With the CDC relaxing its stance of mask-wearing for COVID-19 vaccinated individuals, you might be wondering if it’s within your employer rights to request vaccine status. While the answer is yes, here’s what you need to know to avoid legal issues.
Isn’t asking for proof of COVID-19 vaccination a little too personal?
Before diving into best practices, it’s important to note that the Center for Disease Control (CDC) is a separate entity from the Occupational Safety and Health Administration (OSHA). The CDC does not oversee employer risks and workplace protections; OSHA does. While it feels like a dive into personal territory by asking for proof of vaccination, employers have to maintain workplace safety.
With this in mind, you cannot rely on general CDC guidance for the public when your responsibilities include keeping your staff and customers safe. You must consider local laws and regulations, industry rules, OSHA’s standards, and the potential risk of a lawsuit if someone contracts COVID-19 from your workplace.
All in all, asking for proof of vaccination is your due diligence of maintaining a safe work environment. It’s how you certify whether an employee is safe to be mask-free at work, or whether an employee needs to continue social distancing and/or wearing a mask while on-the-job.
How do I legally ask for proof of COVID-19 vaccination?
While the question itself isn’t a problem, the side conversations and outside information that may be brought to your attention when asking for proof of vaccination could be problematic. Here are tips for how to proceed cautiously:
- Ask to only view vaccine documentation. As much as you’d love to depend on the honor system, requesting to view an employee’s vaccination card is the appropriate way to determine certification. However, employees should only show their vaccine card; no additional medical or family history information should be provided.
- Treat vaccine documentation with confidentiality. Receive vaccine documentation as you would a confidential medical record without retaining any copies of an employee’s vaccine card. Consider making a confidential spreadsheet that includes the employee’s name, which vaccination they received, and the date of their last dose.
- Avoid asking follow-up questions. If an employee responds that they’ve not been vaccinated, don’t ask them for an explanation. This could trigger information protected by the Americans with Disabilities Act (ADA) or the Genetic Information Nondiscrimination Act (GINA). Kindly let them know that, depending on their role and interaction level, the accommodations of social distancing and wearing of masks at work will need to continue until you receive proof of vaccination or until workplace regulations change.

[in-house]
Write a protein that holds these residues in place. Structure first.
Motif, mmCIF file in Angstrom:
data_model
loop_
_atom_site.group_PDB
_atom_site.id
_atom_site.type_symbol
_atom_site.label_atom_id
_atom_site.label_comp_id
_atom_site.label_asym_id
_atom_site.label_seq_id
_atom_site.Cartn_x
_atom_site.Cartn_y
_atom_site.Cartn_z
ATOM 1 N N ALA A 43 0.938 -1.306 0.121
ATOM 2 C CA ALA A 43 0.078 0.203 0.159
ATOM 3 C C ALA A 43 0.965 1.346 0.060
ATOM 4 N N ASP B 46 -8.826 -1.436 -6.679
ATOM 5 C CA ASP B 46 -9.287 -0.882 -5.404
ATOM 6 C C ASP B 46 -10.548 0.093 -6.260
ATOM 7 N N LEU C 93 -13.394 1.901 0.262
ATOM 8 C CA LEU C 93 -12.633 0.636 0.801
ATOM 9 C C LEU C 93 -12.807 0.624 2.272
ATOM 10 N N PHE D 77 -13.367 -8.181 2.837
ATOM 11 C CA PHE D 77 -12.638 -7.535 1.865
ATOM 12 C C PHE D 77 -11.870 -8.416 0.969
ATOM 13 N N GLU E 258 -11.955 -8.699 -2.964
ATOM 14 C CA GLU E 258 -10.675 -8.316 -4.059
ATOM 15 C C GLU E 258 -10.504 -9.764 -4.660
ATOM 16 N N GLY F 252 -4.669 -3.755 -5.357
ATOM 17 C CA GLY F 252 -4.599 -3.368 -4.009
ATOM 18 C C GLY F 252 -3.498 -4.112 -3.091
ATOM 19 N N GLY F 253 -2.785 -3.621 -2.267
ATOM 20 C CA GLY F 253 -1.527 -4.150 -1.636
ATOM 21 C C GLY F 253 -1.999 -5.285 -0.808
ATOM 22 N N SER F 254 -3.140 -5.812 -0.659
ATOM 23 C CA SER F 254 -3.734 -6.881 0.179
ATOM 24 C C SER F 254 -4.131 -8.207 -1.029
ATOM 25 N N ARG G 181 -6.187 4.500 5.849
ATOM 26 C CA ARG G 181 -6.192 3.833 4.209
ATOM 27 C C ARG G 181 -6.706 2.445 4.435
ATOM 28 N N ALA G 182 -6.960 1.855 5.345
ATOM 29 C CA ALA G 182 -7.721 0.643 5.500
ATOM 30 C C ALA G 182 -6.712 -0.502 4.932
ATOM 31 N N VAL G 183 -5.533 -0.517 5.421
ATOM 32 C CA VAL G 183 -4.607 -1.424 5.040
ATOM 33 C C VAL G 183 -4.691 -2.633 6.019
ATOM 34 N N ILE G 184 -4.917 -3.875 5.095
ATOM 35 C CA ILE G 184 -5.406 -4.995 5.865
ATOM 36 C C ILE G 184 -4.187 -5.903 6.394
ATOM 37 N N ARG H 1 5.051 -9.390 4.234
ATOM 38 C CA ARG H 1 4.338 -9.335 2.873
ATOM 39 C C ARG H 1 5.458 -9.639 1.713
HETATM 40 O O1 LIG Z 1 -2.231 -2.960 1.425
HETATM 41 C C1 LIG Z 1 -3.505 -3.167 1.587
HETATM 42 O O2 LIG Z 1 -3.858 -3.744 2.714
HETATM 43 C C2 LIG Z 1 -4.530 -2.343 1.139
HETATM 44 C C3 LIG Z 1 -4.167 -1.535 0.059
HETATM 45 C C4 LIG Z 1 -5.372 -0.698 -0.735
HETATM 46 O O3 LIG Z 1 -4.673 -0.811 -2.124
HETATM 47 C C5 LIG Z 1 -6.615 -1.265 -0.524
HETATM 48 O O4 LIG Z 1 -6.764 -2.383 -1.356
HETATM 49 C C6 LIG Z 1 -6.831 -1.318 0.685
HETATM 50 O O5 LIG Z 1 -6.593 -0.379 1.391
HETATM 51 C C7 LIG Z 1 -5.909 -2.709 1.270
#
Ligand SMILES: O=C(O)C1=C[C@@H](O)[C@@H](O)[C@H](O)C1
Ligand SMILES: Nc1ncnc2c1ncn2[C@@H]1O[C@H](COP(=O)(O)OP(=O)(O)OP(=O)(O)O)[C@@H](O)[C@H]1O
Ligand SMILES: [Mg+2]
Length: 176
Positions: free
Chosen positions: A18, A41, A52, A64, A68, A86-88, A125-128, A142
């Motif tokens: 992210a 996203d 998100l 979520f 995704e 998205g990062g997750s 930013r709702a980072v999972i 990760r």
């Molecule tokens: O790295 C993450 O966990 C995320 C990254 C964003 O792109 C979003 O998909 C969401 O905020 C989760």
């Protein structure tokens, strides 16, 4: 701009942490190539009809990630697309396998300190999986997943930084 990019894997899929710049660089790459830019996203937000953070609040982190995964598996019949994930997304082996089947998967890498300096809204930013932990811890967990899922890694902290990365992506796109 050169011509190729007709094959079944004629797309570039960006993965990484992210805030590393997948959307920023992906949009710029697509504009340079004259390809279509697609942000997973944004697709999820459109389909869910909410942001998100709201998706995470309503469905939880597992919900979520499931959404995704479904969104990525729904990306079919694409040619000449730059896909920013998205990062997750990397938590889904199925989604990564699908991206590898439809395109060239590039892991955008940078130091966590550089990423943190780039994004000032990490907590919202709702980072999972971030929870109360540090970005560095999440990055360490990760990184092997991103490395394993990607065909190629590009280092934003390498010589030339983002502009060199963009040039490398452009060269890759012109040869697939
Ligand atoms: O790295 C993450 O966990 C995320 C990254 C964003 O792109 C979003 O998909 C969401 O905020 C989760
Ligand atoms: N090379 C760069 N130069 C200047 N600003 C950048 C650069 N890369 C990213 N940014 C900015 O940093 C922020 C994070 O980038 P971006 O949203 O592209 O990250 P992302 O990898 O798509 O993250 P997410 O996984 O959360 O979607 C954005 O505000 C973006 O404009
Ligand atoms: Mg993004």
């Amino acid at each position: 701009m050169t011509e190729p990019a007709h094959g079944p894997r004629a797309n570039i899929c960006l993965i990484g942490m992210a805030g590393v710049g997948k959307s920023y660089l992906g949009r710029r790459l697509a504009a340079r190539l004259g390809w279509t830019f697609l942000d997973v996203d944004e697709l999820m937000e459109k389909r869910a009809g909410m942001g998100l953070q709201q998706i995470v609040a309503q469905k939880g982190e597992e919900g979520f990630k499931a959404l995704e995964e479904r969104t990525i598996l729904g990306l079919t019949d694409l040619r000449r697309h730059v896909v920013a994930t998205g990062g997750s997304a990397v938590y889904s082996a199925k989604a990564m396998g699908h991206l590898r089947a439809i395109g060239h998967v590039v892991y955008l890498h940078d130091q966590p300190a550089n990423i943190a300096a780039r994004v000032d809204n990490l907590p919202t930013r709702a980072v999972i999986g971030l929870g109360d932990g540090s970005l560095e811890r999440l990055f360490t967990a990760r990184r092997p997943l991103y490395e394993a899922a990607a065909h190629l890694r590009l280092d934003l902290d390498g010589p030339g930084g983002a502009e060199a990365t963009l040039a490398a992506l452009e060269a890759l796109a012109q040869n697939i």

- Don’t ask how the vaccination went. While the question seems harmless (and it’s a common topic of conversation), please avoid asking your employees how they reacted to the shot. Answers could reveal medical and/or disability-related information that you really don’t want to know.
- Ensure your CCPA covers this request (California employers only). The California Consumer Privacy Act (CCPA) requires applicable employers to provide a “notice at collection” when asking for private information like this. If you’ve already provided this notice to employees, you may want to ensure it encompasses this request. Otherwise, you may need to provide a new CCPA.
When should I start asking for proof of COVID-19 vaccination?
There’s no reason to wait, especially if you’re within an area that has already relaxed regulations on wearing face masks. Communication can be as easy as sending out an email and explaining you’re doing your due diligence. Sample wording may include:
“To ensure the safety of our staff members, we request you bring your vaccine cards to [designated person] to certify your eligibility to relax social distancing and mask wearing measures at work. Without this certification, employees may be expected to continue social distancing and wearing masks while on the premises. Please contact your manager with any questions.”
Your managers will need to be instructed beforehand on what to say and which roles may or may not need to continue preventative measures for those without vaccine certification. Develop talking points so they can provide consistent messaging for all staff members.
One other issue to clarify with managers is their responsibility to ensure nobody at work feels harassed or discriminated against for being or not being vaccinated. Any taunting, poking fun, or other forms of harassment should be handled immediately to avoid escalated issues.
For more information or help with your company’s rollout of collecting proof of vaccination, please contact your HR rep.